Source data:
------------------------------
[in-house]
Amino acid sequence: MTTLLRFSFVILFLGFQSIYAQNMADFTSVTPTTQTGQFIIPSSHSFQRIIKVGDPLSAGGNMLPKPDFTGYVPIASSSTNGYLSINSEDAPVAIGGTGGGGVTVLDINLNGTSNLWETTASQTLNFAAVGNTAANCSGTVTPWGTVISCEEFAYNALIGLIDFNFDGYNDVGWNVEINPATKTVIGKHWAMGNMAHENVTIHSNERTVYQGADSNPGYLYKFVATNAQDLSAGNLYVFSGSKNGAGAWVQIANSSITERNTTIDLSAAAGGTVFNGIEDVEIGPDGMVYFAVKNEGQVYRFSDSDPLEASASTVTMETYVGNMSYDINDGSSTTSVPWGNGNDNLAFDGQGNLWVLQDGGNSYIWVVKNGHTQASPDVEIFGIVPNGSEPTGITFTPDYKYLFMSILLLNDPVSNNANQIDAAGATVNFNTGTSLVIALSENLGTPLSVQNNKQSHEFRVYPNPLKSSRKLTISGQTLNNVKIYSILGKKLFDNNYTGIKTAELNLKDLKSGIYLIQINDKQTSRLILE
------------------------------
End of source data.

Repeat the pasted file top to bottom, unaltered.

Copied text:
[in-house]
Amino acid sequence: MTTLLRFSFVILFLGFQSIYAQNMADFTSVTPTTQTGQFIIPSSHSFQRIIKVGDPLSAGGNMLPKPDFTGYVPIASSSTNGYLSINSEDAPVAIGGTGGGGVTVLDINLNGTSNLWETTASQTLNFAAVGNTAANCSGTVTPWGTVISCEEFAYNALIGLIDFNFDGYNDVGWNVEINPATKTVIGKHWAMGNMAHENVTIHSNERTVYQGADSNPGYLYKFVATNAQDLSAGNLYVFSGSKNGAGAWVQIANSSITERNTTIDLSAAAGGTVFNGIEDVEIGPDGMVYFAVKNEGQVYRFSDSDPLEASASTVTMETYVGNMSYDINDGSSTTSVPWGNGNDNLAFDGQGNLWVLQDGGNSYIWVVKNGHTQASPDVEIFGIVPNGSEPTGITFTPDYKYLFMSILLLNDPVSNNANQIDAAGATVNFNTGTSLVIALSENLGTPLSVQNNKQSHEFRVYPNPLKSSRKLTISGQTLNNVKIYSILGKKLFDNNYTGIKTAELNLKDLKSGIYLIQINDKQTSRLILE